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Midwest Golf Fest
To coastal snobs it's long been dismissed as "flyover country." But for ardent golfers, this nation's midsection should be known as "fly-to country," and since late summer this travel-weary correspondent has been chugging to and from the airport with metronomic consistency to prove the point empirically.
The 10th Hole at Preserve
Even by the hectic Vagabond Golfer travel schedule on which I pride myself, late August through early October was borderline chaotic. In less than six weeks, I ventured on separate trips to Minnesota, then Wisconsin, followed by Ohio, and finally Kansas. The upshot of this quartet of journeys, aside from a fattened frequent-flyer account and a surfeit of miniature peanut packets that are still rattling around in my golf bag, came a greater appreciation of all the superb golf that exists - public, private and resort - throughout the Midwest and Great Plains. Here's the blow-by-blow. (Just be thankful it's not a shot-by-shot!)
The 2nd Hole at Deacon
Minnesota had a certain resonance with me, as I was returning to the site of my very first FAM (short for familiarity) trip, or press junket, which took place a decade ago. In the interim between visits I have taken about 60 other trips of a similar nature to destinations all over the map, but my second impression of Minnesota was similar to the first: it is a fantastic, eminently worthwhile destination where the quality, quantity and proximity (particularly in the Brainerd area) of public-access courses is as good as most anything I've seen stateside.
There are more than 450 courses in this Upper Midwest golf Mecca, home to approximately 4.5 million residents. Minnesota has more golfers per capita than any other state in the union, and is the only state to have held all 13 of the different national championships sanctioned by the United States Golf Association (not to mention a number of PGA Championships, including Y.E. Yang's upset of Tiger Woods this past summer at Hazeltine).
There is world-class private golf in and around the Twin Cities, including the aforementioned Hazeltine. Minikahda, White Bear Yacht Club and Interlachen are among the finest courses in the nation's center. But there's also great golf of the public variety just a few hours to the north, in Brainerd Lakes.
Sun Sets on the River Course at Destination Kohler
Deacon's Lodge is a staunch Arnold Palmer design, riddled with wetlands, named in honor of the designer's dad. The Preserve at Grand View Lodge is another "must-see," a trifle less intimidating than Deacon's. Also worthwhile is Grand View's The Pines, and the Whitebirch Course at Breezy Point Resort. This quartet is a good starting point, but represents only about 20% of the available golf in Brainerd, all within a 45-minute drive.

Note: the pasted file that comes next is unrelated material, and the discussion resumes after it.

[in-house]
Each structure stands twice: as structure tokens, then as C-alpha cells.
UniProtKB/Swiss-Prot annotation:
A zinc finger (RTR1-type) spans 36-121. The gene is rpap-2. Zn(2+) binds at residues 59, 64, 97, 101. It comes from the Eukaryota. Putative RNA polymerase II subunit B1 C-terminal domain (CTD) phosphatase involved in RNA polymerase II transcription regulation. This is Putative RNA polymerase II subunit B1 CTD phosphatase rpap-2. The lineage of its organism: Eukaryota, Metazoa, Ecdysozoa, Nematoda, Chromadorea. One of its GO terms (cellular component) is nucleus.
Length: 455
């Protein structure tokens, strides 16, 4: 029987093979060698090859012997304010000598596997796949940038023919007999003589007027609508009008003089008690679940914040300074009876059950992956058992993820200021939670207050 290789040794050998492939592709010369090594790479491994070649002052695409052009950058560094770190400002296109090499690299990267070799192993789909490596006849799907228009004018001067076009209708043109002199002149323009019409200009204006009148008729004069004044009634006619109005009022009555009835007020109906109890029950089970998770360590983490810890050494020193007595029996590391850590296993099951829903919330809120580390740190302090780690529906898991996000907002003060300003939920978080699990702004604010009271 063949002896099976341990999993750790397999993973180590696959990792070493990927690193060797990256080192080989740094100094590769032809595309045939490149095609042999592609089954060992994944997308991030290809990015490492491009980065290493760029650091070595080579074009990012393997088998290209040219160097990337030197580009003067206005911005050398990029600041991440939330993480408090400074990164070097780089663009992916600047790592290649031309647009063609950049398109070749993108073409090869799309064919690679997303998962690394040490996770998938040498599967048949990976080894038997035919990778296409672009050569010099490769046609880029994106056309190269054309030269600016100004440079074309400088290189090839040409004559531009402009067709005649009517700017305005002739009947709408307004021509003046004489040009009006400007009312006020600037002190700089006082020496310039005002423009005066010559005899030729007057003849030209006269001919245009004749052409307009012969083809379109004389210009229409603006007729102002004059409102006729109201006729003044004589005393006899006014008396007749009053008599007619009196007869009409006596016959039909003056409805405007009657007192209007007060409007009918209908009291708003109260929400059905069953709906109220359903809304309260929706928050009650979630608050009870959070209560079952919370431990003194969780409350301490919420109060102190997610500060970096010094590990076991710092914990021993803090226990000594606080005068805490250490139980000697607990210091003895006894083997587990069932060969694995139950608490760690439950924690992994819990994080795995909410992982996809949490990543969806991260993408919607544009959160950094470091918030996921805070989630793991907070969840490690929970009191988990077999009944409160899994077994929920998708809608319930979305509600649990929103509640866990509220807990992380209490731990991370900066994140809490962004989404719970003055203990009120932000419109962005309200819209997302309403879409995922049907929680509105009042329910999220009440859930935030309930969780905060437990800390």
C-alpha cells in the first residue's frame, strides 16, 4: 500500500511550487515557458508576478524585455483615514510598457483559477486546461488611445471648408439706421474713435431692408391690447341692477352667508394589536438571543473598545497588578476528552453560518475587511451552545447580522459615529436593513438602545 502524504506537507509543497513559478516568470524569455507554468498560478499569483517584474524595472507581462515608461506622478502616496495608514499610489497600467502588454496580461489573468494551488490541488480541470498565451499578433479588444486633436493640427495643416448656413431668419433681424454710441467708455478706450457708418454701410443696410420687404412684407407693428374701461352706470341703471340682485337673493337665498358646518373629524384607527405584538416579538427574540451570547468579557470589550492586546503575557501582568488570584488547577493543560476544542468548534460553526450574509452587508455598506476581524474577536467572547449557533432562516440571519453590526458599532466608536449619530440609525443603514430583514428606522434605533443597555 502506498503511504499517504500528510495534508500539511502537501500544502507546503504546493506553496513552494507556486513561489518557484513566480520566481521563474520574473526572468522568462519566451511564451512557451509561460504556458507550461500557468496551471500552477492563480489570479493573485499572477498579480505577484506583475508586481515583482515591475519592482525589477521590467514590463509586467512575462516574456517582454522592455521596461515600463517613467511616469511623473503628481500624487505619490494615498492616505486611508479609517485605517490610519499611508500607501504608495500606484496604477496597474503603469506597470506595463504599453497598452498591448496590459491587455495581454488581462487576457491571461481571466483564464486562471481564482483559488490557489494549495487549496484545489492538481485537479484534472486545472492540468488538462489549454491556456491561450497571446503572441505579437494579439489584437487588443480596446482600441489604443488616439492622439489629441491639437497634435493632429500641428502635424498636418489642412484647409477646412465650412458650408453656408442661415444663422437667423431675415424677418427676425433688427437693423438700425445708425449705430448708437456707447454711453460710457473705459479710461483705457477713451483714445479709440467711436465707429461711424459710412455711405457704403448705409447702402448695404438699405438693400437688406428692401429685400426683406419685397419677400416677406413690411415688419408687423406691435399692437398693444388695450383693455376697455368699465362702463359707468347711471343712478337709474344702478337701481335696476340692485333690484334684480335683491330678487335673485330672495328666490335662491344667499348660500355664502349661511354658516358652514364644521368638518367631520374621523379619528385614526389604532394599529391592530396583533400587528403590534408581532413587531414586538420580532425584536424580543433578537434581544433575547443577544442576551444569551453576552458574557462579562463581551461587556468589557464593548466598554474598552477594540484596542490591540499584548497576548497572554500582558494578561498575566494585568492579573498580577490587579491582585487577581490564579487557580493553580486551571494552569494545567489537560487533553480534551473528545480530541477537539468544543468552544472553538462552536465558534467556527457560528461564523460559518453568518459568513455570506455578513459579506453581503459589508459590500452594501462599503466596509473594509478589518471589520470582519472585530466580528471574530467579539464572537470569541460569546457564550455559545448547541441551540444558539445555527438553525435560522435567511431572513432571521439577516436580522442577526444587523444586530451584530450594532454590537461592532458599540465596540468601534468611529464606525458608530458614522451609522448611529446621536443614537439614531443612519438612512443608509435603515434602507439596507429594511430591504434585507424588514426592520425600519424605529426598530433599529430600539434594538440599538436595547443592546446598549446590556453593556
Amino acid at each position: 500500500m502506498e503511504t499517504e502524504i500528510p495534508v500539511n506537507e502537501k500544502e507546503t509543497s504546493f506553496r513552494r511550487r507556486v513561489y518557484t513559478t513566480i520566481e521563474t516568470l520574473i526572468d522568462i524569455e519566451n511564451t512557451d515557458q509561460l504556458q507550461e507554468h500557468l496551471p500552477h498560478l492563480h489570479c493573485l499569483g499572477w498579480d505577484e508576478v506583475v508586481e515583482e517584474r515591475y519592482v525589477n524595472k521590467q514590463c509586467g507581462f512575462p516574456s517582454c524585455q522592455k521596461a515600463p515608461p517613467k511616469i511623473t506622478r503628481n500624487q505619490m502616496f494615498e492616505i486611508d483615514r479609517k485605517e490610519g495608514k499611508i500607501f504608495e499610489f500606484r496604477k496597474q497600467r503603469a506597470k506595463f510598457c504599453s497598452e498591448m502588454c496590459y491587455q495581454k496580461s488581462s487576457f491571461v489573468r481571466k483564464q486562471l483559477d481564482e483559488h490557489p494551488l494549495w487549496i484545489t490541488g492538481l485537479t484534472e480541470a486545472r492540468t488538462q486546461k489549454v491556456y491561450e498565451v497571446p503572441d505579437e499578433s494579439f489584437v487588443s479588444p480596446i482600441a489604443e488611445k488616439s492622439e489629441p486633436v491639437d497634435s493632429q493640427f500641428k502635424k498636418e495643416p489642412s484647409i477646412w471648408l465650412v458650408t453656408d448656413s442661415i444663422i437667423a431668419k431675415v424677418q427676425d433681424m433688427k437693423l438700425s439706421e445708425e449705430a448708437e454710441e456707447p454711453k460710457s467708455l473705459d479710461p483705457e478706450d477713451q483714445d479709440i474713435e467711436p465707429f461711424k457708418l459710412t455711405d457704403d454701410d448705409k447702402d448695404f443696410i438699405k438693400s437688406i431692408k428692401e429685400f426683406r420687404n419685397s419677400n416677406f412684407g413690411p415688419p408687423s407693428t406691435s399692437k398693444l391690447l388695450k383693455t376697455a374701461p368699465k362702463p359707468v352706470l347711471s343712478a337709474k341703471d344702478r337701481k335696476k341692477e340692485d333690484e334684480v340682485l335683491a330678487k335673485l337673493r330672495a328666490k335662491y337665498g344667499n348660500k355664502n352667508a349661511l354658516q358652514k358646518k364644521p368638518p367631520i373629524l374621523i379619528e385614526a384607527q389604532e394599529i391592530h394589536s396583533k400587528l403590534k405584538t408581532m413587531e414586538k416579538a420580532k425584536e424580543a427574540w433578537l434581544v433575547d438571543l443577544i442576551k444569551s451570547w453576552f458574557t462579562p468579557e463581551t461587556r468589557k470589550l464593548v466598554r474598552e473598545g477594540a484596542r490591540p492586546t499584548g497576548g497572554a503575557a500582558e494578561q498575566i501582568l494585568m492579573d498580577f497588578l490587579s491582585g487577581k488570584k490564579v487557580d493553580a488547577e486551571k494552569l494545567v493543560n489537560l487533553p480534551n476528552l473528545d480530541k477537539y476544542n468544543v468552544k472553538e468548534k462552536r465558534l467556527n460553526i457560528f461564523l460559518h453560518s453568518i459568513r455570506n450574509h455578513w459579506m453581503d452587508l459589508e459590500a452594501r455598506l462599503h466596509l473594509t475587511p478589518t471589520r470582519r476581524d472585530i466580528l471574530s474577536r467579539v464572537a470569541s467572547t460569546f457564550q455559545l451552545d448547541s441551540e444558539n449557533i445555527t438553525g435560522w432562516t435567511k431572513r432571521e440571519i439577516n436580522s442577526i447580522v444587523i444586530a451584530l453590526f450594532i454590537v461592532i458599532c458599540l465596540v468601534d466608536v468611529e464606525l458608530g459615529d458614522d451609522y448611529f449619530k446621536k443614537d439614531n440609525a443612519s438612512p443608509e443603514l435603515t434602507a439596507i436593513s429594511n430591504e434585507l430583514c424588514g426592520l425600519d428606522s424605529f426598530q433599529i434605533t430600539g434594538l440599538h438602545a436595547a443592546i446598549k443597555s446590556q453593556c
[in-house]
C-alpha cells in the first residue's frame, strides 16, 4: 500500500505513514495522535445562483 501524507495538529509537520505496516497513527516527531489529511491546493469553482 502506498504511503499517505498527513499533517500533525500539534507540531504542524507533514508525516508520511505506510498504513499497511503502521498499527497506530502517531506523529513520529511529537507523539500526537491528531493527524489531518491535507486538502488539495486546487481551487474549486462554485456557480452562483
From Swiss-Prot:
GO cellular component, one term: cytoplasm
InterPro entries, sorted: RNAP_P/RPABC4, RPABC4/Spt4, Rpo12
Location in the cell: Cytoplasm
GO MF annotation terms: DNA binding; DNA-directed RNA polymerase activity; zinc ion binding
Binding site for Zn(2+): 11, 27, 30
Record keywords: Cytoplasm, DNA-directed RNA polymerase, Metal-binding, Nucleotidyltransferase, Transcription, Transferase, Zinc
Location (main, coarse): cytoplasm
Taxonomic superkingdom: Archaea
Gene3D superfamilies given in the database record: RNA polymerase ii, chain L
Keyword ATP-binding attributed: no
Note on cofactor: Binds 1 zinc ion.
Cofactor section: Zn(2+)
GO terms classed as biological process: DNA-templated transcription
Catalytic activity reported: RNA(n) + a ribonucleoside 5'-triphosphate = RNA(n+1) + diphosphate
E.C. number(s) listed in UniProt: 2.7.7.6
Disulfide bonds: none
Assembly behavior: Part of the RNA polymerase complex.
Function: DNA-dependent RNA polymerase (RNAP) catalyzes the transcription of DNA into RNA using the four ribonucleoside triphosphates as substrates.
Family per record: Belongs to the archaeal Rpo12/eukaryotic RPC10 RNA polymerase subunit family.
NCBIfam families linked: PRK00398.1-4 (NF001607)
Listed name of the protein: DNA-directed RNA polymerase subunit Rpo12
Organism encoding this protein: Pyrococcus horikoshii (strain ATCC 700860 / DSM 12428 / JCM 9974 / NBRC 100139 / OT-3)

For those who prefer to really take their golf show on the road, then the fabled Iron Range, the industrial-mining area in the state's desolate northeast corner, might be worth the three-hour drive from Brainerd. Giant's Ridge, in the town of Biwabik, has a pair of excellent Jeff Brauer designs, called the Legend and the Quarry. The Legend offers 72 strokes (if you're good - really good!) that wander up, over and through some spectacular North Country terrain. Bentgrass fairways, cavernous bunkers, sparkling blue lakes, massive boulders and towering hardwoods provide the challenge and the scenery. The scary 17th hole, a 200-plus-yard par-3 completely over water, is worth the green fee all by itself. But The Legend is the undercard in comparison to The Quarry, which is carved up, through and around reclaimed minelands. The Quarry's hallmarks include dramatically raised tees and deep hazards forged from mine lands, wetlands, forests and a former sand quarry.
One of the Heart-Racing Holes at Whistling Straits
Destination Kohler in Wisconsin is the only AAA five-diamond resort in the Midwest. I'm not sure how AAA's rating system works, but to my mind Kohler's five diamonds represent the quartet of scintillating Pete Dye-designed golf courses, plus their all-world spa. Whistling Straits is the jaw-dropper, a faux-Irish links set hard by the shores of Lake Michigan, with bunkers scattered - in the words of a witty scribe - like laundry in the aftermath of a tornado. It has the PGA Tour pedigree - host of the '04 PGA Championship, coming again in 2010, once again in 2015 and culminating with the 2020 Ryder Cup. The River Course is the original Dye Design, snug by the Sheboygan River, several times the site of the U.S. Women's Open. Meadow Valleys and the Irish Course round out this most excellent foursome.